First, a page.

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The most epic Christmas movies of all time

Christmas Movies

‘Tis the season to be merry. Though this year, I’m just counting down the days until the sun finally sets on 2020. What a crazy year. But in keeping with the spirit of the festive season, we look at some of the best Christmas films out there.

I’m not big on the soppy stuff, that’s supposed to teach us life lessons or whatever. I just want to be entertained, pure and simple. And we get to learn about American food you’ve never eaten, such as yams and egg nog.

Home Alone

Director:                             Chris Columbus

Year:                                    1990

Box Office:                         $477.1 million

I mean duh. This is the highest-grossing Christmas movie of all time. If we ignore the obvious question of how Peter McCallister can afford that enormous house whilst supporting several children, 30 years later Home Alone is a movie that has stood the test of time and can be enjoyed by both kids and adults.

Love Actually

Director:                             Richard Curtis

Year:                                    2003

Box Office:                         $248.5 million

The ensemble cast and diverging storylines of this British rom-com will play an emotional tug-of-war with you, right until the very end. And any movie that stars Mr Bean is guaranteed to entertain.

Office Christmas Party

Director:                             Josh Gordon

Year:                                    2016

Box Office:                         $114.5 million

This is a film most of us can relate to. Employees letting their hair down, open bar, and some Uh-hmm, illegal substances. What could possibly go wrong? The plot is predictably over the top, but at least you’ll have Jennifer Aniston and Olivia Munn to hold you over.

Gremlins

Director:                             Joe Dante

Year:                                    1984

Box Office:                         $212.9 million

This won’t be the last movie on our list that begins with a father looking to buy a Christmas present for his son. What’s the worst that could happen when you get a furry little creature as a gift? Nothing much, just a mogwai apocalypse that terrified me as a child and nearly destroyed a town. Gremlins goes against the traditional festive spirit, but hey, there’s a young Phoebe Cates.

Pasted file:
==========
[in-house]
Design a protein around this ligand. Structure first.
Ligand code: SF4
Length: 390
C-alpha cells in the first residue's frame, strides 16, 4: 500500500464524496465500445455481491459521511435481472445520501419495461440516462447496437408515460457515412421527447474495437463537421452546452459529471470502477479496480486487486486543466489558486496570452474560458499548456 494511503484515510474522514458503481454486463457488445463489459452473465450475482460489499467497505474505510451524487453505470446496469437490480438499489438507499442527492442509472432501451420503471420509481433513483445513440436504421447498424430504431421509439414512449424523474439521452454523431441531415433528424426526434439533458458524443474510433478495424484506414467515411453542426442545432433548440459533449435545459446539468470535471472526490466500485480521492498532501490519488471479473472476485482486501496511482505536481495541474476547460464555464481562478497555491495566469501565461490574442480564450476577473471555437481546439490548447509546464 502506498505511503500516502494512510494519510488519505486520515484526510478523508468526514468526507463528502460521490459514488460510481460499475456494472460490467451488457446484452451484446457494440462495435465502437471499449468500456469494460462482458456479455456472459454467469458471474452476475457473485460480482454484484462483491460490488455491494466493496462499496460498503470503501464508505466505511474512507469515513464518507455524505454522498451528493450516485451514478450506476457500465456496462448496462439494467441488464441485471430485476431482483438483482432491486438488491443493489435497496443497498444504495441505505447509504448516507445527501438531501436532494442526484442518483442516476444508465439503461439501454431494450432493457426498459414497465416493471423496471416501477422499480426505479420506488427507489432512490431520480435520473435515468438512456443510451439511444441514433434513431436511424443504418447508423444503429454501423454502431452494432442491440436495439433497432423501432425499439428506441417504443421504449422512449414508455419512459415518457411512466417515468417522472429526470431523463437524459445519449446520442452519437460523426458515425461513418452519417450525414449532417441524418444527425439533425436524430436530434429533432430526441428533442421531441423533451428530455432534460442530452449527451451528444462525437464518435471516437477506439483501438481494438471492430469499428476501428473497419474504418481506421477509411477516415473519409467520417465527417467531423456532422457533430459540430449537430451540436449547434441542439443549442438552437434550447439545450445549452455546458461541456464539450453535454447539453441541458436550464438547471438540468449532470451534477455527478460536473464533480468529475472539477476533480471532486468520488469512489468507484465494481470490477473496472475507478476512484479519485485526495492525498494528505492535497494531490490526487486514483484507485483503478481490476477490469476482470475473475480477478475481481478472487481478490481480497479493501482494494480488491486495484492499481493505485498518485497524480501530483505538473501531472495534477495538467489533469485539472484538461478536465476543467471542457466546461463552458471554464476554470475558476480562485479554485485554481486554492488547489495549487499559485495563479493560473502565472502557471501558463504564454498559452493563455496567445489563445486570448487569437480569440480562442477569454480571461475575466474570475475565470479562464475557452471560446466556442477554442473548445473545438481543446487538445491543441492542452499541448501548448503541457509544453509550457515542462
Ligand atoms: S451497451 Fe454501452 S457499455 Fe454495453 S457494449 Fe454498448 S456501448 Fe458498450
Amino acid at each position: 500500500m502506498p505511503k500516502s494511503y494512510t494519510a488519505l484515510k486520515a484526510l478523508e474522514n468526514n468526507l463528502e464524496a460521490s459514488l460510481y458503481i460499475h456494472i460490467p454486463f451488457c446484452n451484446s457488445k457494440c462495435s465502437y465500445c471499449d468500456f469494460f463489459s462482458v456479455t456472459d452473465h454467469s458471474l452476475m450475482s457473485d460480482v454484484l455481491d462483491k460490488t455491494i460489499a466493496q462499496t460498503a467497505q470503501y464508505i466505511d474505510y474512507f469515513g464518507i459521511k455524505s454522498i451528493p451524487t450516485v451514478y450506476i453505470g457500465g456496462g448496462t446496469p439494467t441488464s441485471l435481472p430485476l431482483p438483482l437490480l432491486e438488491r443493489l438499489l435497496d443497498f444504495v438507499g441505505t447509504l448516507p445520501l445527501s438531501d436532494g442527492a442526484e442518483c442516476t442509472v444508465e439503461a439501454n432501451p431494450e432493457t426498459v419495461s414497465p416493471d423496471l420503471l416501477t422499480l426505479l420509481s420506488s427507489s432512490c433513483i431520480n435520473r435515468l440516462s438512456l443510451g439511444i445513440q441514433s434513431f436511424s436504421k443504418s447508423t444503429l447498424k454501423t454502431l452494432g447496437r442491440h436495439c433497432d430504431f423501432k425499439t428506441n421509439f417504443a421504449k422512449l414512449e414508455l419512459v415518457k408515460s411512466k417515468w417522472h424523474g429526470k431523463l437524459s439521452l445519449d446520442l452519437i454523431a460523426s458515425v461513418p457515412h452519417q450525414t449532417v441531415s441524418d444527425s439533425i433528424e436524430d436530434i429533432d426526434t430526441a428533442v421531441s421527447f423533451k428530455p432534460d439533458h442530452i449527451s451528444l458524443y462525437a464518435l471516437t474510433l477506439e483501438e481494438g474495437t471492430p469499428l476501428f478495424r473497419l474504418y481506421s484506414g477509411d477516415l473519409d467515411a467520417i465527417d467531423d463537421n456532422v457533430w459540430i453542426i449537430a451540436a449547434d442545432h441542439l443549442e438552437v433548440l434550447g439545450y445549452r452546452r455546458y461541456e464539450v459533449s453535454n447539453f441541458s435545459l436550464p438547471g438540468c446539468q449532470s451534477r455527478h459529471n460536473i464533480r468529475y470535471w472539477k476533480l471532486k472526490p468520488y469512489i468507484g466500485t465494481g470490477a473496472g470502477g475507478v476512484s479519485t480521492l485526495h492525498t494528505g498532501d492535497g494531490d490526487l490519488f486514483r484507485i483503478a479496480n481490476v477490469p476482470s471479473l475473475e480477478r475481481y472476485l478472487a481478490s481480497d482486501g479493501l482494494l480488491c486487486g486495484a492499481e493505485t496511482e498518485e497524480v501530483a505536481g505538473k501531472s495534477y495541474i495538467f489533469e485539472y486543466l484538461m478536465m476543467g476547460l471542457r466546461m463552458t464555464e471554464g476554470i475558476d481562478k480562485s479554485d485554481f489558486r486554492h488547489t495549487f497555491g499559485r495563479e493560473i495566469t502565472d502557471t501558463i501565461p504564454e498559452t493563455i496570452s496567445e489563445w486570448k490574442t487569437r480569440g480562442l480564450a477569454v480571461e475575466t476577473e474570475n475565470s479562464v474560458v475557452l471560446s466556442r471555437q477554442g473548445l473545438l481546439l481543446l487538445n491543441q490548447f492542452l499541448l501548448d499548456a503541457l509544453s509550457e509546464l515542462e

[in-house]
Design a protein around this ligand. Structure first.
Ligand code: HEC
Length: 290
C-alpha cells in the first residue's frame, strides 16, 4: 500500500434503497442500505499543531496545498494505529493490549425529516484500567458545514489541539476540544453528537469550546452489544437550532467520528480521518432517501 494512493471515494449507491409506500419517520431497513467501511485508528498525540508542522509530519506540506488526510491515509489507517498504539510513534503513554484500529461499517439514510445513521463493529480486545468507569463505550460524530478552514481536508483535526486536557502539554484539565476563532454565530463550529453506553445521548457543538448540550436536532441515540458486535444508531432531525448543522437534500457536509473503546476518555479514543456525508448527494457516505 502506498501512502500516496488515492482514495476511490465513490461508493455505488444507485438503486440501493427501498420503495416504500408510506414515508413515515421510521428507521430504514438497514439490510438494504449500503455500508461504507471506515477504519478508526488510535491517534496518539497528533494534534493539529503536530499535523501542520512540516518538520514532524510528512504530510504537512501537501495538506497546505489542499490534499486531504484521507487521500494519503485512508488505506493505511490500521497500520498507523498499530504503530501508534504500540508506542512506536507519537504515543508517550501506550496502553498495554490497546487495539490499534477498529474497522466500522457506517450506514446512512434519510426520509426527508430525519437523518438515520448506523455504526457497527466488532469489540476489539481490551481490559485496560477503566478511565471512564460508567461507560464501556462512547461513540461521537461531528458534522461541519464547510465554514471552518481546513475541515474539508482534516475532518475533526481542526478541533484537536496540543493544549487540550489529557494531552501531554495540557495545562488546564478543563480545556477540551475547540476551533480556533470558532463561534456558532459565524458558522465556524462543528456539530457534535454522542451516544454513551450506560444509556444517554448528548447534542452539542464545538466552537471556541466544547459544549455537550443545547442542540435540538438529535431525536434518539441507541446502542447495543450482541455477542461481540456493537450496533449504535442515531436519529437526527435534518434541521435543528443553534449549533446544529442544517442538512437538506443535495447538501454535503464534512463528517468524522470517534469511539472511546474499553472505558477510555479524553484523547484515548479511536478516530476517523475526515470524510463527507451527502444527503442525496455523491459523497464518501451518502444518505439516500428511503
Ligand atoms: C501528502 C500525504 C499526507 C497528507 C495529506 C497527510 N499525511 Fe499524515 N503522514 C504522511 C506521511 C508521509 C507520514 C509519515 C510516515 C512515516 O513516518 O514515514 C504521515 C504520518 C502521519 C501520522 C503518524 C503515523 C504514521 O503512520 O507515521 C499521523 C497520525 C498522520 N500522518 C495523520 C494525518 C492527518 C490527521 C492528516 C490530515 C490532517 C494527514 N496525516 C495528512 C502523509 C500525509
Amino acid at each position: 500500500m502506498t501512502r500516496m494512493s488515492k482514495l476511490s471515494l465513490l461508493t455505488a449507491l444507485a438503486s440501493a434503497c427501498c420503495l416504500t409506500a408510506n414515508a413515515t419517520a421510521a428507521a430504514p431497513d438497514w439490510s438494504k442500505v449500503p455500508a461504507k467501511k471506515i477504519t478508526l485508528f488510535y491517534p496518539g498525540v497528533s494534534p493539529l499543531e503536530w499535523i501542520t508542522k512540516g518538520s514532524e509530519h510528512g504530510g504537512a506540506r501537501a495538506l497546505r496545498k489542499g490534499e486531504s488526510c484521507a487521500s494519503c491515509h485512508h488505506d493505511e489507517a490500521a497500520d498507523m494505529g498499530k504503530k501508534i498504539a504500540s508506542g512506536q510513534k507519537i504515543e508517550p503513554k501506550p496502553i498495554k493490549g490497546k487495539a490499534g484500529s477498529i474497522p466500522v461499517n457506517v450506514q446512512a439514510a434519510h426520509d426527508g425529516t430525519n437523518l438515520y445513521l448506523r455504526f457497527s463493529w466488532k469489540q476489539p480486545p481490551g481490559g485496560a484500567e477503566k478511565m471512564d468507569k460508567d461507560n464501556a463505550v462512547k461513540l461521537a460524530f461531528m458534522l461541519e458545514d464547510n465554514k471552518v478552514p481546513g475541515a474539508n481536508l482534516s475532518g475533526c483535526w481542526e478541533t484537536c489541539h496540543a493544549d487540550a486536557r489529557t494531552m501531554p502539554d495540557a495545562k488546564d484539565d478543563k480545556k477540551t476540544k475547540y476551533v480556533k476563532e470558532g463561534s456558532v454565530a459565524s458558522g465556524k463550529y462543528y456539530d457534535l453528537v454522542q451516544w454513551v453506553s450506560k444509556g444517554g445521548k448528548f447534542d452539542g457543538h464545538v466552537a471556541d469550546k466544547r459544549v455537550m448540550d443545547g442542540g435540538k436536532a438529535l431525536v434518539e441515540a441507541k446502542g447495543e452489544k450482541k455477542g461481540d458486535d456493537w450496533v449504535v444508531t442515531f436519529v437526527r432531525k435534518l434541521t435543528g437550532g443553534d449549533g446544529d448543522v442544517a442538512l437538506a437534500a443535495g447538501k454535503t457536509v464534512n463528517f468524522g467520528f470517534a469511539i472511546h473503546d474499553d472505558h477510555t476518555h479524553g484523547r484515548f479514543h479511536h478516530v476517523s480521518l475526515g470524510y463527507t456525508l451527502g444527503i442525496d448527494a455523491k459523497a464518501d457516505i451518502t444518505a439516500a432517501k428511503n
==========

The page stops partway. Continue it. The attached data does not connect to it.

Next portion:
Die Hard

Director:                             John McTiernan

Year:                                    1988

Box Office:                         $141.5 million

The eternal question. Is Die Hard a Christmas movie? Well, are there Christmas trees? Is there Christmas music? Someone being wished a Merry Christmas? The answer is yes, yes, and yes. So what’s the problem? You’ve got Bruce Willis at his best, and the late great Alan Rickman. Stopover analysing, and enjoy. “Now I’ve got a machine gun. Ho, ho, ho.”

Jingle All The Way

Director:                             Brian Levant

Year:                                    1996

Box Office:                         $129.8 million

There’s no choppers here, just Arnie living a parents nightmare on Christmas Eve. Some of you reading this may have even gone through the experience of desperately trying to fulfil your child’s Christmas wish. This advice may not help you now, but Christmas Eve is not the time to be out shopping for gifts. In fact, Christmas Eve is not the time to be shopping for anything. It’s like the Royal Rumble out there.

Scrooged

Director:                             Richard Donner

Year:                                    1988

Box Office:                         $100.3 million

The legend that is Bill Murray drives this modern adaptation of the Charles Dickens classic. But could you imagine our politicians being visited by the three ghosts of Christmas? Now there’s a thought.

Four Christmases

Director:                             Seth Gordon

Year:                                    2008

Box Office:                         $163.7 million

The Christmas movie for the children of divorce. Attending multiple Christmas dinners sounds like a complicated process. Vince Vaughn has a**hole written all over him, but he always on point in the comedy genre. And sprinkle in some Robert Duvall and Reese Witherspoon, and off we go. I still wonder what spray can cheese tastes like.

Friday After Next

Director:                             Marcus Raboy

Year:                                    2002

Box Office:                         $33.5 million

Okay, I’m going to be honest. This is just a way for me to sneak in the first movie of the franchise. It’s the holidays. You’ve got time to watch the trilogy of Craig and his crazy family and friends. On that note, R.I.P. Deebo. “What bike?”

 

National Lampoon’s Christmas Vacation

Director:                             Jeremiah S. Chechik

Year:                                    1989

Box Office:                         $73.3 million

National Lampoons journey into the Christmas genre hits the jackpot with Chevy Chase of Caddyshack fame. There isn’t much of a plot here. Just random ridiculousness. And somewhere along the line, you’ll feel a lot better about your own family.

Rocky IV

Director:                             Sylvester Stallone

Year:                                    1985

Box Office:                         $300.4 million

Rocky fights Russian machine Ivan Drago on Christmas Day, so this qualifies as a Christmas film. End of debate. Besides, do you really need an excuse to watch a Rocky movie? Except for Rocky 5. We’ll just pretend that monstrosity does not exist.

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SLEB

 

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